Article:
5 Most Shocking Batting Champions in MLB History
The two names atop the leaderboard for batting average in the National League are certainly not players that were thought of as contenders for the batting crown at the start of the season.
Chris Johnson entered the season as a career .276 hitter and was transitioning to a new team in the Atlanta Braves. Michael Cuddyer does have the advantage of playing at Coors Field, but that was not a help to him last season as he hit just .260. With less than a month left in the season, both of these players are in a race to lead the NL in batting average.
There have been a number of other players that have surprised the league by coming out of seemingly nowhere to win a batting title.
The Chicago Cubs were a dominant force in the National League in 1880 in a large part because of the performance of George Gore. Not only did Gore lead the league with a .360 batting average, but he also led the National League in on-base percentage and slugging percentage.
Gore's 1880 season was certainly unexpected based on his previous performance. His .360 batting average was an increase of .097 from his average in 1879, his rookie year.
During his career, Mickey Vernon won not one, but two batting titles, and each one could certainly be classified as a shock.
In his first five seasons in the MLB, Vernon put up a respectable .275 average and then took two years off as a result of his service in World War II.
After returning to the majors in 1946, Vernon went on a tear and posted a .353 batting average to best Ted Williams by .009 points and lead the American League.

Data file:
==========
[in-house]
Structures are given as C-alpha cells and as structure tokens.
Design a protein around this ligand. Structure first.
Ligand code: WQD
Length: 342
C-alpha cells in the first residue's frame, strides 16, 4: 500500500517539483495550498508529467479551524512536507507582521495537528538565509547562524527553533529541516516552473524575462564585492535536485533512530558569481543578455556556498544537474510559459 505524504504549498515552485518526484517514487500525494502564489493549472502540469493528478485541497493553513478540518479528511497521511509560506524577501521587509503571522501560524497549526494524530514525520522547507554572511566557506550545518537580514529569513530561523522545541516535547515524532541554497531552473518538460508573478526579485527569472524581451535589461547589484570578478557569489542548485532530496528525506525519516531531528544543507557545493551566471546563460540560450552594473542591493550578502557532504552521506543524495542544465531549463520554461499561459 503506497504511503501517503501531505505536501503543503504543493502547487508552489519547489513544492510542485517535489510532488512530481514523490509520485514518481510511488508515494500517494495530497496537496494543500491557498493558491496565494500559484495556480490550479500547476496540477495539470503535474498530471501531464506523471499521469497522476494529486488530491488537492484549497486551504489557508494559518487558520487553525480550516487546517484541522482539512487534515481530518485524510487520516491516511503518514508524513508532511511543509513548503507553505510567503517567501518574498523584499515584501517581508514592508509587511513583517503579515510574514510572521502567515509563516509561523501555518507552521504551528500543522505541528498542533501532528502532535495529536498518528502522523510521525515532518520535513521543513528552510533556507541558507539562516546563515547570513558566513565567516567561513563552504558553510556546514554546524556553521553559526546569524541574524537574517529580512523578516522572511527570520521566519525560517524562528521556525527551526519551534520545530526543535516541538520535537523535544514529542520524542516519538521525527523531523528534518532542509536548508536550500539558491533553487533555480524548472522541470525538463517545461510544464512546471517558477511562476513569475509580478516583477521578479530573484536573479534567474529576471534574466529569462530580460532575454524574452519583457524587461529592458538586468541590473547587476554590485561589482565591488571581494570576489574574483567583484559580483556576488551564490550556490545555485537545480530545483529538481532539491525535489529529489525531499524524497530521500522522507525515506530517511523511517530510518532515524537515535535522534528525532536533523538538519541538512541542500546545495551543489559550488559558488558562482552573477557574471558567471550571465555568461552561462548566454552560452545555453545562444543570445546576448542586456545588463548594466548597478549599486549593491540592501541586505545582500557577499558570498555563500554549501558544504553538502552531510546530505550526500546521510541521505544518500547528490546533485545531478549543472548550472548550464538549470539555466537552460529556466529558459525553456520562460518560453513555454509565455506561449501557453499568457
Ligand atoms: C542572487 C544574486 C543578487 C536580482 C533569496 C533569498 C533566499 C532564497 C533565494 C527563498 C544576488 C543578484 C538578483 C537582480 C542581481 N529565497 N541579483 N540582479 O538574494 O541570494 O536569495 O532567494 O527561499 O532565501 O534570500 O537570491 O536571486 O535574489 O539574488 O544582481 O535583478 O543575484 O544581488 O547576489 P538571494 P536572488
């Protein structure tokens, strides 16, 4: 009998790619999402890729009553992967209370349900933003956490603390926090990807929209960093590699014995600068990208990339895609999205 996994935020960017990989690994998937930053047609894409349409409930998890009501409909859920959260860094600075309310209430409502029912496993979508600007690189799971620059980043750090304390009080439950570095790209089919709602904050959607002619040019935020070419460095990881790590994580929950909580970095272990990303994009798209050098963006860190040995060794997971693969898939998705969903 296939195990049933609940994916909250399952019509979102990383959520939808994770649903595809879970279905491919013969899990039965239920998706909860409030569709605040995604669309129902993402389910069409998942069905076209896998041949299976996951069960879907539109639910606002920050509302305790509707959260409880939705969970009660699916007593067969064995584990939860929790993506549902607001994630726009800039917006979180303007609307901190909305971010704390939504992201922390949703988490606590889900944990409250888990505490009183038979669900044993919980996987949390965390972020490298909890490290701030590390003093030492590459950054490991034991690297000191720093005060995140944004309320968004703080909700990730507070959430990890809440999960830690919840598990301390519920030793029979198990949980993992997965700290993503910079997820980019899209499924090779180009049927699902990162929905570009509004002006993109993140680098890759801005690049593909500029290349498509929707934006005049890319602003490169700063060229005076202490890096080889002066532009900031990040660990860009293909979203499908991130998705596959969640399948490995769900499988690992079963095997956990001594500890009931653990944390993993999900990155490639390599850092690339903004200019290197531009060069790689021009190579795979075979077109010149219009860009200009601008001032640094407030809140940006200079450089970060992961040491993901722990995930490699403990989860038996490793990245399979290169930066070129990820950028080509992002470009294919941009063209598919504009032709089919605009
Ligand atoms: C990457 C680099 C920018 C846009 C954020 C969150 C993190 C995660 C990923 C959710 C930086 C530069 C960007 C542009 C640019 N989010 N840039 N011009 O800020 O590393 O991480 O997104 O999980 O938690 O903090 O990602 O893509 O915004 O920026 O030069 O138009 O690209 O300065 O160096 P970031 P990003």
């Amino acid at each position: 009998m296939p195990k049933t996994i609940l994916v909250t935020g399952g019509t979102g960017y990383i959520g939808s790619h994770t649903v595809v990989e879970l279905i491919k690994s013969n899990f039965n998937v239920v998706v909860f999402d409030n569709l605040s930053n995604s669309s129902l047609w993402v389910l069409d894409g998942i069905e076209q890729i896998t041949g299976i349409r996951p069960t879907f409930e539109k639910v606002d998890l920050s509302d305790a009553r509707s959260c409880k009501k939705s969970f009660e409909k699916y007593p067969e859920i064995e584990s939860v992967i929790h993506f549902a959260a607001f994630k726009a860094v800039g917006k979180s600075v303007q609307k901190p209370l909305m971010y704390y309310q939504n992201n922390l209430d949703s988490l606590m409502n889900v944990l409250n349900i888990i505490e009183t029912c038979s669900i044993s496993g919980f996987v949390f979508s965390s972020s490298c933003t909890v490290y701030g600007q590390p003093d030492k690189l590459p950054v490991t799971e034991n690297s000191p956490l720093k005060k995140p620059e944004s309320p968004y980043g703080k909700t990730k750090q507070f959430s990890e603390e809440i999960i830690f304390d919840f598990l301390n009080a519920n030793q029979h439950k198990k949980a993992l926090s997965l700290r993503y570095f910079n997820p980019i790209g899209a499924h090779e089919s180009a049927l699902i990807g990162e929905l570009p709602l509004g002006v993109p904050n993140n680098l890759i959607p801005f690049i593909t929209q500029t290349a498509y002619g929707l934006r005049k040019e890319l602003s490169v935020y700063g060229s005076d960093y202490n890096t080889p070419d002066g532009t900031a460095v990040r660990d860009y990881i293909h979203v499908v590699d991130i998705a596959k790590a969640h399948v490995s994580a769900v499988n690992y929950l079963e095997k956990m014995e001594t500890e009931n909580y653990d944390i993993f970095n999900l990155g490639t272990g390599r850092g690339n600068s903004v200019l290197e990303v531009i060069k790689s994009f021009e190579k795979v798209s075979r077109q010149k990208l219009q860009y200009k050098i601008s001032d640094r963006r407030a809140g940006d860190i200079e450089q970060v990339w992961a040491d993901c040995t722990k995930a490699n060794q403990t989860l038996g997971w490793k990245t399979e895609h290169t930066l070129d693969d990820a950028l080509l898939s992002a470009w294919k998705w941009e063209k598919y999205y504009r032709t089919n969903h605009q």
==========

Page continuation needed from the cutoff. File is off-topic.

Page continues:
Vernon's second batting title came later in his career at age 35. Coming off a season in which he hit .251, Vernon showed that he still had some gas left in the tank and led the league with a .337 batting average.
Norm Cash broke into the major leagues at age 23 with the Chicago White Sox, but he did not get a chance to start full time until two years later when he was traded to the Cleveland Indians, and later the Detroit Tigers.
In his second season in an everyday role, Cash exploded for an incredible season. He posted a .361 batting average, .075 points higher than in the previous year, and 1.148 OPS.
Cash would come back down to earth during his next season and posted a .243 batting average. His career batting average after 17 seasons was .271.
Throughout his career, Bill Mueller put up good offensive numbers, but he was never really a player that was expected to win a batting title.
During the 2002 season, Mueller posted a .262 batting average, the lowest of the first seven years of his career.
Mueller then followed that up with a .326 batting average, the highest of any full season of his career. He would need every last hit that year to win the American League batting title as he edged out teammate Manny Ramirez by .001 points and Derek Jeter by .002 points.
Throughout most of his career, Freddy Sanchez had his yearly batting averages consistently in the range of .285 to .295. However, during his second season, he broke out of that range in a big way.
Sanchez put together a strong season, reaching 200 hits, 53 of which were doubles. This was enough to give Sanchez a .344 batting average for the year, allowing him to edge out the likes of Miguel Cabrera and Albert Pujols for the honor to be called the National League Batting Champion.